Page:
Dr Val posted last week about doctors needing to go “finishing school” (original article in the NEJM and “mass marketed” via the New York Times) and said that at a minimum, physicians needed to do basic things that should be automatic, especially with common sense applied to a patient (read: vulnerable) situation. The automatic part would be taught as part of the medical school curriculum, with true compassion and sensitivity coming later. In other words, teach the rote mechanics as one would a physical exam, so a bare minimum of [manufactured] rapport can be established.
Dr. Val said
I don’t think that’s related to their medical school curriculae – it’s the sad result of a broken healthcare system that wears thin our common human decency. Doctors are exhausted by clinical volume, henpecked by bureaucracy, delirious from lack of sleep, and stressed out by the daily grind of bad news, disease progression, and death. When well-groomed adults of sound mind require a checklist in order to smile appropriately, you know something’s terribly wrong.
Let’s remember that this is written by a psychiatrist (this will come up again later). The freedom to think, meta-think, and think again is a luxury (and necessity) that is part and parcel with the specialty. A psychiatrist being “overworked” is quite a different thing than, say, a surgeon, physically and time-wise. It’s no wonder that the more “harried” doctors like surgeons and way over-stretched IM-based specialists would most likely fit a “bad doctor” stereotype needing the bullet list given in the article.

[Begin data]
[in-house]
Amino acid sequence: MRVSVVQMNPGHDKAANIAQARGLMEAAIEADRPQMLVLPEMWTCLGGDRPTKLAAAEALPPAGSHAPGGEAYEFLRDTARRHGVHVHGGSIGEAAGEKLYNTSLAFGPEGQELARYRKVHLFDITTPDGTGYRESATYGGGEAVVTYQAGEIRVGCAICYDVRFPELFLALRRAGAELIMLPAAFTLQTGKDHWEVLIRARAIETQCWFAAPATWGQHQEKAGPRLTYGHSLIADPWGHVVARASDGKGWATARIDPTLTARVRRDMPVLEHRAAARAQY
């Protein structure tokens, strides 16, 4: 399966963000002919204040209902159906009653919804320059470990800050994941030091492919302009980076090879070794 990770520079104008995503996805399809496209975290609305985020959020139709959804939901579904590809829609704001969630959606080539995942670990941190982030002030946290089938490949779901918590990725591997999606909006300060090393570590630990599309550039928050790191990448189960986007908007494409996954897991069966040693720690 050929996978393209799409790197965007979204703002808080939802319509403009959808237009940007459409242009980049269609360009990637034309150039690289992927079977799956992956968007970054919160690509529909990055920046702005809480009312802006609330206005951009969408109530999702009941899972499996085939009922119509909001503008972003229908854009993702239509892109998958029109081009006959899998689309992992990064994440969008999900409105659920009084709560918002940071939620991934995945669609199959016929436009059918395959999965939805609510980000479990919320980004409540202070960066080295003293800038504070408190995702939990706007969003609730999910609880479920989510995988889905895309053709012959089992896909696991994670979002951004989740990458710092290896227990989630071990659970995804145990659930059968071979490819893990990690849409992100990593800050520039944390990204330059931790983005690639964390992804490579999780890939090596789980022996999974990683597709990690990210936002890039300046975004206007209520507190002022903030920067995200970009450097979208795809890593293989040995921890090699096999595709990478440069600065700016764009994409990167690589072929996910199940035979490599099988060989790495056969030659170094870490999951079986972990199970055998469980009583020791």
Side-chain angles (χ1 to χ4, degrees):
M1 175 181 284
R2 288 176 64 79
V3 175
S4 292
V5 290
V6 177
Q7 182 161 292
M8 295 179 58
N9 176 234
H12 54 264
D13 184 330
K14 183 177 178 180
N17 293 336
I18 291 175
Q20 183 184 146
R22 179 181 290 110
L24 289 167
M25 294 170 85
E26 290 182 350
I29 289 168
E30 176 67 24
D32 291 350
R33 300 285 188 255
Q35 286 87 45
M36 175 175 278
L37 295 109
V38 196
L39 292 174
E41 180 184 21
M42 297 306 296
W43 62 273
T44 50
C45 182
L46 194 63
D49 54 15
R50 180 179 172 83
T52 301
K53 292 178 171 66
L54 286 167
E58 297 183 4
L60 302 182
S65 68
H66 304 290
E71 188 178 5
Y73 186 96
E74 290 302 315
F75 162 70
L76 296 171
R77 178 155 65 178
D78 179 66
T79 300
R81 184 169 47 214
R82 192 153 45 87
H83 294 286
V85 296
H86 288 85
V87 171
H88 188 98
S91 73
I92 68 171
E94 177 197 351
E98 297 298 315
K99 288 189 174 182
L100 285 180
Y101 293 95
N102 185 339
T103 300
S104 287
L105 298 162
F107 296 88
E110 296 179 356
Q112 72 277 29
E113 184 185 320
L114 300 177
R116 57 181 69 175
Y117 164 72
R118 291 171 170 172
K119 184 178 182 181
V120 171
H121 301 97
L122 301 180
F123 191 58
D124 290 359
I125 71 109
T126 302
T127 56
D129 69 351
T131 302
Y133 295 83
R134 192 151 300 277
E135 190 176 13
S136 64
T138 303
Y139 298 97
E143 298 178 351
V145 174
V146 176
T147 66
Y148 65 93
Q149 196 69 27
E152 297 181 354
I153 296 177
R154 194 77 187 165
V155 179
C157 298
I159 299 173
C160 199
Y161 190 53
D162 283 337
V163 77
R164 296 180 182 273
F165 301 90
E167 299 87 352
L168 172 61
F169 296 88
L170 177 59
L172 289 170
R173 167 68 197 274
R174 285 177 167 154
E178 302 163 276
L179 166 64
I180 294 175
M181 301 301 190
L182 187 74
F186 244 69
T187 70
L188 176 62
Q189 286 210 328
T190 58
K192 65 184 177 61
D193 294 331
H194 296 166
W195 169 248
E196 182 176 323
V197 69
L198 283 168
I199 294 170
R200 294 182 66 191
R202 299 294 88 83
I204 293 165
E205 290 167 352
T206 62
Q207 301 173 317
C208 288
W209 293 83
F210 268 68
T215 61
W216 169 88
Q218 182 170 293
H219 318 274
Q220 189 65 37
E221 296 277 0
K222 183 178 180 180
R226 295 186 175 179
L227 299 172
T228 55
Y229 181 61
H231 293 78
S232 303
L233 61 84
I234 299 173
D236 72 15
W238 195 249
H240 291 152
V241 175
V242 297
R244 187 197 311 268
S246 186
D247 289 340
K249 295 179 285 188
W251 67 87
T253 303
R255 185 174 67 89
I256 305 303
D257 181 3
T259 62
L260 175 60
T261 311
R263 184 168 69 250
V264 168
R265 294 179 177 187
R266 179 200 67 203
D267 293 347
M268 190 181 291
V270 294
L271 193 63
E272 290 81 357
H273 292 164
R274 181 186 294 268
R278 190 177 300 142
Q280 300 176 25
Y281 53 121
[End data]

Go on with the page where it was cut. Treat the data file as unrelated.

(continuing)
Let’s re-look at the list and find out where, if any, each bullet point can get just a tad unreasonable:
• Ask permission to enter the room; wait for an answer.
The physician is not housekeeping at a hotel, and many patients can’t answer. I am guessing the spirit here is to give the patient some privacy and autonomy, but it’s not always appropriate or practical. You think physicians–multiple ones in the same hall at that–are going to yell through a closed door, “Mr. Sanders? Mr. Sanders? May I come in? Are you decent? *wait* *wait* Mr. Sanders? I just want to talk to you, can I do that?” If you stop to think about how it would play out, it’s just comical.
• Introduce yourself; show your ID badge.
Introducing oneself is a must, I agree. But more important than the name is their specialty or purpose. Doctors, nurses, techs, etc. flow in and out as a matter of course; any one person’s name will NOT be remembered on first meeting usually. “The surgeon” or “the heart doctor” means something to the patient, however. Showing the ID badge is a bit much, but I agree it should be reasonably visible (not hanging all “cool-like” off the scrub bottom’s cargo pocket) should there be a concern, its absence being the true red flag.
• Shake hands.
In normal conversational etiquitte this goes without saying, but not every patient is in a position to shake hands. Patients might have IVs on the dorsum of one or both hands, or be weak where a handshake (particularly coming up from a bed in a supine position) might be taxing. At the doctor’s discretion, perhaps a small pat on the shoulder from above or the like establishes a “connection.” Some patients may be standoffish or even hostile, and with so much to do and accomplish besides some physical token of greeting on top of the verbal one, just skip it already, it’s not worth the trouble. Psychiatrists live for dancing this dance, reading volumes in the smallest gestures and pondering the meanings; most everyone else uses their time on more practical matters.